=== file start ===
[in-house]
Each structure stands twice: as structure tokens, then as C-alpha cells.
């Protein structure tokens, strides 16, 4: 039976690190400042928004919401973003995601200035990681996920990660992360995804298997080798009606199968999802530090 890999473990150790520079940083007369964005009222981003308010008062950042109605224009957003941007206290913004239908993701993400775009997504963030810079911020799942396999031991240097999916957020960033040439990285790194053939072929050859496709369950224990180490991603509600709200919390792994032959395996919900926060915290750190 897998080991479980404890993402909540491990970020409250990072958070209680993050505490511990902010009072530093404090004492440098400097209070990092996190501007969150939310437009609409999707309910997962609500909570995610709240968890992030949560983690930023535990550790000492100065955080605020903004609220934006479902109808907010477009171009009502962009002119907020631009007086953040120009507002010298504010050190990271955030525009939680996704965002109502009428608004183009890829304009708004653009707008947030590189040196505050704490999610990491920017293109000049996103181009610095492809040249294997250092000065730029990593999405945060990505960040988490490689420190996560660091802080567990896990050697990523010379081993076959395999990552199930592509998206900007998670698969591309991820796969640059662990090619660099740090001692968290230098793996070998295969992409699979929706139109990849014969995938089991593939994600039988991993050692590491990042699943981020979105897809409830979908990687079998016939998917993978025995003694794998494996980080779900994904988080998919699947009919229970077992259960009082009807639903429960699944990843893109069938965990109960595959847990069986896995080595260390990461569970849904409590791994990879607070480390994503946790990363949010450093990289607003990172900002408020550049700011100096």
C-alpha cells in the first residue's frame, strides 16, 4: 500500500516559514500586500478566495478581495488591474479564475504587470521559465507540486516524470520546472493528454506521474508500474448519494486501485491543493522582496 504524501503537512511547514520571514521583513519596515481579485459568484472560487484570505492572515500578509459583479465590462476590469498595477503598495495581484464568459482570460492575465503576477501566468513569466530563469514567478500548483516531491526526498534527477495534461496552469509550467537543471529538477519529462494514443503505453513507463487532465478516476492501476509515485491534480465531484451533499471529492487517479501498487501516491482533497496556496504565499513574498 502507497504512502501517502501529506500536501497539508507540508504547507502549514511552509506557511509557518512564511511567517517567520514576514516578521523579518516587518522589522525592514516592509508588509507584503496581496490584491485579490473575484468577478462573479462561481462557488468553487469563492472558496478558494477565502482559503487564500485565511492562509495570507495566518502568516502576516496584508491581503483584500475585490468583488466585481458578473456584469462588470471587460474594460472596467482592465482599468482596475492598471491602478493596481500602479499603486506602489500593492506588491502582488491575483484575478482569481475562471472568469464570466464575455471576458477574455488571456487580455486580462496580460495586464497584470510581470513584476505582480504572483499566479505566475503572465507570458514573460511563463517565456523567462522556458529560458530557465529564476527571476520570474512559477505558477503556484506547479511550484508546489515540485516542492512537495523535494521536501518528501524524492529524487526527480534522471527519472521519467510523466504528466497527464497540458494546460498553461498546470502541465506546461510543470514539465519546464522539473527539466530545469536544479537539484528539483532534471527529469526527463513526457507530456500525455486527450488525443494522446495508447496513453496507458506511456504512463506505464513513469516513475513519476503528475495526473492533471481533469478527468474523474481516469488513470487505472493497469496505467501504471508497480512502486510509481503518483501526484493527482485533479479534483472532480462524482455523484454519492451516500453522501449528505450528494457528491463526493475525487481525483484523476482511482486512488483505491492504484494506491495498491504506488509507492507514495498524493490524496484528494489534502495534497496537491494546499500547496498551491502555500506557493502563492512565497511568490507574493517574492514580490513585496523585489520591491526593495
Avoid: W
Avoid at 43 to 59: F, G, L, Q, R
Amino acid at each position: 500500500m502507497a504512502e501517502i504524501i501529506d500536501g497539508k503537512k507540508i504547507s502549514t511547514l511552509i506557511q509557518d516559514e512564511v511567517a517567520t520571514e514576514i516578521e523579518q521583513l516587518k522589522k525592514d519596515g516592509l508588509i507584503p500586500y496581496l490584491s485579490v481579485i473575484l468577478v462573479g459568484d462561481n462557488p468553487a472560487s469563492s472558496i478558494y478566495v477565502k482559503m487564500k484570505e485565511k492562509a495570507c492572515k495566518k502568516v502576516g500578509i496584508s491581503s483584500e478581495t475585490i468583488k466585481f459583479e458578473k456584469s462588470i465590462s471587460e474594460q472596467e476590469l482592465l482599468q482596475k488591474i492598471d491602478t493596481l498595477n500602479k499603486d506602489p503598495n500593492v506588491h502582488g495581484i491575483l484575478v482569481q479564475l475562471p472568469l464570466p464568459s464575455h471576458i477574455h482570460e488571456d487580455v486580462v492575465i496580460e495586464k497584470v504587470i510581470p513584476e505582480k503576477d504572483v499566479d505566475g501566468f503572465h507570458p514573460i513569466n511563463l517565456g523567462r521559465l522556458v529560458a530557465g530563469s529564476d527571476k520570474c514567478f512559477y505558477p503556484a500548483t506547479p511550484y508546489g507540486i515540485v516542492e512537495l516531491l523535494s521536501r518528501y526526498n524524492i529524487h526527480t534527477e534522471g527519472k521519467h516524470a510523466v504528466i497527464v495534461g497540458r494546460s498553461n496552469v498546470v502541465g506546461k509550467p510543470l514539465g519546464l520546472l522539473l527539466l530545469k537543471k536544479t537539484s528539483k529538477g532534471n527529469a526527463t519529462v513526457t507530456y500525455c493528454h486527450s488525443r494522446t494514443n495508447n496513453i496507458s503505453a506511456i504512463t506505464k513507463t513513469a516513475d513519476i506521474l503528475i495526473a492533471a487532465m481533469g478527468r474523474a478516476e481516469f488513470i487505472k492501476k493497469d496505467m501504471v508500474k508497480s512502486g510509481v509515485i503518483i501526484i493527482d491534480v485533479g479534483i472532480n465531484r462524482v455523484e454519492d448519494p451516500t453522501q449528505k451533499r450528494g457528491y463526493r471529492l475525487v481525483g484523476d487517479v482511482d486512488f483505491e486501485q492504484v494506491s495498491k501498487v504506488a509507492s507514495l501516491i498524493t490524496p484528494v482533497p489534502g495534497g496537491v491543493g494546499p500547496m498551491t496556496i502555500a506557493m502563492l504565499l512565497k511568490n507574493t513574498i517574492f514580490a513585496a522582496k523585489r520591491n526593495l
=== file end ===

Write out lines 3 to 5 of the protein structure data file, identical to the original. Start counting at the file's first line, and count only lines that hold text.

């Protein structure tokens, strides 16, 4: 039976690190400042928004919401973003995601200035990681996920990660992360995804298997080798009606199968999802530090 890999473990150790520079940083007369964005009222981003308010008062950042109605224009957003941007206290913004239908993701993400775009997504963030810079911020799942396999031991240097999916957020960033040439990285790194053939072929050859496709369950224990180490991603509600709200919390792994032959395996919900926060915290750190 897998080991479980404890993402909540491990970020409250990072958070209680993050505490511990902010009072530093404090004492440098400097209070990092996190501007969150939310437009609409999707309910997962609500909570995610709240968890992030949560983690930023535990550790000492100065955080605020903004609220934006479902109808907010477009171009009502962009002119907020631009007086953040120009507002010298504010050190990271955030525009939680996704965002109502009428608004183009890829304009708004653009707008947030590189040196505050704490999610990491920017293109000049996103181009610095492809040249294997250092000065730029990593999405945060990505960040988490490689420190996560660091802080567990896990050697990523010379081993076959395999990552199930592509998206900007998670698969591309991820796969640059662990090619660099740090001692968290230098793996070998295969992409699979929706139109990849014969995938089991593939994600039988991993050692590491990042699943981020979105897809409830979908990687079998016939998917993978025995003694794998494996980080779900994904988080998919699947009919229970077992259960009082009807639903429960699944990843893109069938965990109960595959847990069986896995080595260390990461569970849904409590791994990879607070480390994503946790990363949010450093990289607003990172900002408020550049700011100096």
C-alpha cells in the first residue's frame, strides 16, 4: 500500500516559514500586500478566495478581495488591474479564475504587470521559465507540486516524470520546472493528454506521474508500474448519494486501485491543493522582496 504524501503537512511547514520571514521583513519596515481579485459568484472560487484570505492572515500578509459583479465590462476590469498595477503598495495581484464568459482570460492575465503576477501566468513569466530563469514567478500548483516531491526526498534527477495534461496552469509550467537543471529538477519529462494514443503505453513507463487532465478516476492501476509515485491534480465531484451533499471529492487517479501498487501516491482533497496556496504565499513574498 502507497504512502501517502501529506500536501497539508507540508504547507502549514511552509506557511509557518512564511511567517517567520514576514516578521523579518516587518522589522525592514516592509508588509507584503496581496490584491485579490473575484468577478462573479462561481462557488468553487469563492472558496478558494477565502482559503487564500485565511492562509495570507495566518502568516502576516496584508491581503483584500475585490468583488466585481458578473456584469462588470471587460474594460472596467482592465482599468482596475492598471491602478493596481500602479499603486506602489500593492506588491502582488491575483484575478482569481475562471472568469464570466464575455471576458477574455488571456487580455486580462496580460495586464497584470510581470513584476505582480504572483499566479505566475503572465507570458514573460511563463517565456523567462522556458529560458530557465529564476527571476520570474512559477505558477503556484506547479511550484508546489515540485516542492512537495523535494521536501518528501524524492529524487526527480534522471527519472521519467510523466504528466497527464497540458494546460498553461498546470502541465506546461510543470514539465519546464522539473527539466530545469536544479537539484528539483532534471527529469526527463513526457507530456500525455486527450488525443494522446495508447496513453496507458506511456504512463506505464513513469516513475513519476503528475495526473492533471481533469478527468474523474481516469488513470487505472493497469496505467501504471508497480512502486510509481503518483501526484493527482485533479479534483472532480462524482455523484454519492451516500453522501449528505450528494457528491463526493475525487481525483484523476482511482486512488483505491492504484494506491495498491504506488509507492507514495498524493490524496484528494489534502495534497496537491494546499500547496498551491502555500506557493502563492512565497511568490507574493517574492514580490513585496523585489520591491526593495
Avoid: W